Notes on Off-By-One Bug

Feb 19, 2019 17:30 · 445 words · 3 minute read Security

“Safe” version of strcat isn’t as safe as you think.

It is common sense that unsafe C library functions such as strcpy, strcat, gets and scanf may lead to buffer overflow attacks due to lack of boundary checks. There’re “safe” versions of these functions such as strncat and strncpy. However, “safe” here is somehow misleading because there’s also problem here, namely the “off-by-1” bug.


Man page excerpt of strncat:

char *strncat(char *restrict s1, const char *restrict s2, size_t n);

The strncat() function appends not more than n characters from s2, and then adds a terminating '\0'.

Since strncat guarantees to append a terminating ‘\0’, this ‘\0’ might be written beyond the boundary of s1. Check out this example on wiki:

void foo (char *s) 
    char buf[15];
    memset(buf, 0, sizeof(buf));
    strncat(buf, s, sizeof(buf)); // Final parameter should be: sizeof(buf)-1

15 bytes in s would be written to buf and strncat will write the last ‘\0’ one byte beyond the actual length of buf. This is called an “off-by-1” bug.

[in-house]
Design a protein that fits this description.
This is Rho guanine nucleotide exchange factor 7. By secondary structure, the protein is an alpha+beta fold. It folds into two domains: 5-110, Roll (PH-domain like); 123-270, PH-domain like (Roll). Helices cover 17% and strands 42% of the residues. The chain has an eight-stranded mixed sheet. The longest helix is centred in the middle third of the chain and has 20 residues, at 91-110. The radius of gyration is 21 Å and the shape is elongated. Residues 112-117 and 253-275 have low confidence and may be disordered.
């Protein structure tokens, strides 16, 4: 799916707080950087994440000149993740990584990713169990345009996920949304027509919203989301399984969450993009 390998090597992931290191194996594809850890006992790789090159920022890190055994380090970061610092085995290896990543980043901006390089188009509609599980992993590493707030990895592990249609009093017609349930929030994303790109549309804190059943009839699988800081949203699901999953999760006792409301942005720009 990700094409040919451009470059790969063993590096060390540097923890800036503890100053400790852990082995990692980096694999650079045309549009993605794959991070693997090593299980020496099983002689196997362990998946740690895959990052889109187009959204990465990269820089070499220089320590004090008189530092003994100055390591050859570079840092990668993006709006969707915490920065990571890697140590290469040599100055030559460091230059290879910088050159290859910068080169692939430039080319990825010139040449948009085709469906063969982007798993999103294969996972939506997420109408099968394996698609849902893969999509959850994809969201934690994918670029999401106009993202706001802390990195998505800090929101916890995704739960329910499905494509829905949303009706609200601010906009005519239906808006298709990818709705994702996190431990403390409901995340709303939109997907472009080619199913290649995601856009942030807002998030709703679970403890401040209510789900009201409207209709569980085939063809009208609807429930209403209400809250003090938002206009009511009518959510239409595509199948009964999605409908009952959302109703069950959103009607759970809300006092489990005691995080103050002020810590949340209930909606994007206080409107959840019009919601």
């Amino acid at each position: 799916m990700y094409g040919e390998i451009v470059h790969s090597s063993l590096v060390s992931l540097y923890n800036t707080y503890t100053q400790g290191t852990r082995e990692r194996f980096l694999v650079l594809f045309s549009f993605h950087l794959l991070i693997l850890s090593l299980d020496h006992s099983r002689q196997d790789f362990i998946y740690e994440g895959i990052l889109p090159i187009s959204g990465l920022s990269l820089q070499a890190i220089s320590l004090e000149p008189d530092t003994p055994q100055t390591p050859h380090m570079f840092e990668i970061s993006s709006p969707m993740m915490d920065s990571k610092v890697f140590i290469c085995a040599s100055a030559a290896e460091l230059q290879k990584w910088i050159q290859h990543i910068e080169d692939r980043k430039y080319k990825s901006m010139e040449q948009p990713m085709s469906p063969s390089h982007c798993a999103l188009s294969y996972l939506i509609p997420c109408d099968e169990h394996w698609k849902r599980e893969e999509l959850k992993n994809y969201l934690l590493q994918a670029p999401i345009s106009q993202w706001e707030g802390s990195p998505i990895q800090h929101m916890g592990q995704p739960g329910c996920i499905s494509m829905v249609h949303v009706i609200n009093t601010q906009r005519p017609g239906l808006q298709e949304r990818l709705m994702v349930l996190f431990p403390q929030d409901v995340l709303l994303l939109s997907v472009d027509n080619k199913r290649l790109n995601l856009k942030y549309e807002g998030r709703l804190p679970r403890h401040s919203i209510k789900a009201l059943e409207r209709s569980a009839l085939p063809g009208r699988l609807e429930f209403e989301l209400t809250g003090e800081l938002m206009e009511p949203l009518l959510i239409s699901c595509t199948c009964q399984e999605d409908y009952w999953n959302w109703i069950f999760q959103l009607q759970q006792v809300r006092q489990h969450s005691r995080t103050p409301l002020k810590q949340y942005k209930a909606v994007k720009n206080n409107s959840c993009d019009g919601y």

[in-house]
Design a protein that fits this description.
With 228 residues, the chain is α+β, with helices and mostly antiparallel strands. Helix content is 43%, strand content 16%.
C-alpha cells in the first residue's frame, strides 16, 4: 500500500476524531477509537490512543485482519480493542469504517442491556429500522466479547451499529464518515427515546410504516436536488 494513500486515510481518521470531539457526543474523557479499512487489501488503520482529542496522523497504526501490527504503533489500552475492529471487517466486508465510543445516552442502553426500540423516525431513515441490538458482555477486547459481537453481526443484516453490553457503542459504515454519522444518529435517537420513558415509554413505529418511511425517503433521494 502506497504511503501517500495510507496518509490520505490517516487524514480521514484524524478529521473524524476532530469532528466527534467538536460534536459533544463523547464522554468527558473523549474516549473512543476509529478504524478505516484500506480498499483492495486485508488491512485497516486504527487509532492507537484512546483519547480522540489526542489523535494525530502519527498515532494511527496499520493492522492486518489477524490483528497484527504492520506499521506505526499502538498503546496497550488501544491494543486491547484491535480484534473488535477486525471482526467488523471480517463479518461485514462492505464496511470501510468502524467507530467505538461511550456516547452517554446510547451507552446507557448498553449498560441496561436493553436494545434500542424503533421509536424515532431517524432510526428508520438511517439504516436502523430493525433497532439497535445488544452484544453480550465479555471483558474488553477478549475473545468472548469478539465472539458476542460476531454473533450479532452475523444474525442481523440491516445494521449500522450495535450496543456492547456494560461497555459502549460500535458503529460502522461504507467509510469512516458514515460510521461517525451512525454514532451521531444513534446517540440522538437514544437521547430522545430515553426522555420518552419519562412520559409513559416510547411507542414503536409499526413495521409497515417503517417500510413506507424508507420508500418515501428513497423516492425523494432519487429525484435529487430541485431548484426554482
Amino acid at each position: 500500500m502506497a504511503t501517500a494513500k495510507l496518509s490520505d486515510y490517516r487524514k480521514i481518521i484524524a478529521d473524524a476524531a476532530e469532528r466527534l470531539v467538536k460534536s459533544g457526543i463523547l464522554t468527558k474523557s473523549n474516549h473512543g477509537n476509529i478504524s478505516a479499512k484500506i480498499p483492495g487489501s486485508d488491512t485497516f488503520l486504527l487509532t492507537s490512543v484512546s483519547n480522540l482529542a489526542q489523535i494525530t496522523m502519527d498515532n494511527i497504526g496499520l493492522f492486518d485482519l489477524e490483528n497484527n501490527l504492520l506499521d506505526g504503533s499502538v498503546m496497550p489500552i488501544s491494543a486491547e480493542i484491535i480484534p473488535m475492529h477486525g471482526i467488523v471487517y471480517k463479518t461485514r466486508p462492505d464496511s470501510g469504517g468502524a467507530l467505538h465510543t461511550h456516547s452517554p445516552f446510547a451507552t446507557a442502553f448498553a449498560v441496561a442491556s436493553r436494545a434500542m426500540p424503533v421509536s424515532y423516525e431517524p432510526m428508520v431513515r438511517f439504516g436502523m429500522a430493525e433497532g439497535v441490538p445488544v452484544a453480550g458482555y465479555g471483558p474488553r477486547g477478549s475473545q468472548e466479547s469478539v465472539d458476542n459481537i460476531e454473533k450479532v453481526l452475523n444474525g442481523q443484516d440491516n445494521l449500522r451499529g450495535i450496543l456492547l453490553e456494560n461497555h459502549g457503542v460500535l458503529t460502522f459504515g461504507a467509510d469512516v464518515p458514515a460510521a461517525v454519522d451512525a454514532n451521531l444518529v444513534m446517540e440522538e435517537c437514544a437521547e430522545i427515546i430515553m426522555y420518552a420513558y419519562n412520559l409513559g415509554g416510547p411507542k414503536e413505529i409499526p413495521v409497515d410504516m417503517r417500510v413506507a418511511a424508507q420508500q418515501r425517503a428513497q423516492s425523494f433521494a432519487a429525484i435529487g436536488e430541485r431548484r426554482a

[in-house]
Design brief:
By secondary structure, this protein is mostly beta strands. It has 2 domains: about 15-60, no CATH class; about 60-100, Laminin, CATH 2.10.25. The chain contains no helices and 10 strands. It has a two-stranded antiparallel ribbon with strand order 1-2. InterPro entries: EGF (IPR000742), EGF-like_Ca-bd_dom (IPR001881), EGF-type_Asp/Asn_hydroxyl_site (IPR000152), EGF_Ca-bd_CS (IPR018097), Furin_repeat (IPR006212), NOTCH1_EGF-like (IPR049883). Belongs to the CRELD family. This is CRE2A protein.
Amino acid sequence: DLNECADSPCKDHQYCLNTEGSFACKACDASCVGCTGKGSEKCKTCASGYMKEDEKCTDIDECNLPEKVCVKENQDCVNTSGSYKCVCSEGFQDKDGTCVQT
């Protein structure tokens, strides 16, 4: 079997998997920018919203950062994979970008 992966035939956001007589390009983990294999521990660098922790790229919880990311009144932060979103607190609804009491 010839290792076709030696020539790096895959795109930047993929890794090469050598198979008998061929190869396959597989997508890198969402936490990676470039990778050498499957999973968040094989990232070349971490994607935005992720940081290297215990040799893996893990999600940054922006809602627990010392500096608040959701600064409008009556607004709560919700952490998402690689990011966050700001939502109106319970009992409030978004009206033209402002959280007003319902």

Notice that,

it is not consistent with respect to whether one needs to subtract 1 byte – functions like fgets() and strncpy will never write past the length given them (fgets() subtracts 1 itself, and only retrieves (length − 1) bytes), whereas others, like strncat will write past the length given them. So the programmer has to remember for which functions they need to subtract 1.

And since strncpy will never write past the length given, it may leave buffer unterminated (by ‘\0’) instead.


With cdecl convention on a x86 little endian machine, this “off-by-1” bug could lead to overwritting of the least significant byte (LSB) of the saved frame pointer (SFP). Suppose there’s no callee saved values when calling a function, then what’s after the SFP is local variables (Looking from top side down). This article explained in more detail about what we can do when we are able to change the SFP. Basically, because local variables are referenced relative to the value of ebp, if we are able to change the value of ebp, the program would refer to wrong values when trying to refer to its local variables.

One approach that often helps avoid such problems is to use variants of these functions that calculate how much to write based on the total length of the buffer, rather than the maximum number of characters to write. Such functions include strlcat and strlcpy, and are often considered “safer” because they make it easier to avoid accidentally writing past the end of a buffer. (In the code example above, calling strlcat(buf, s, sizeof(buf)) instead would remove the bug.)


Wiki and this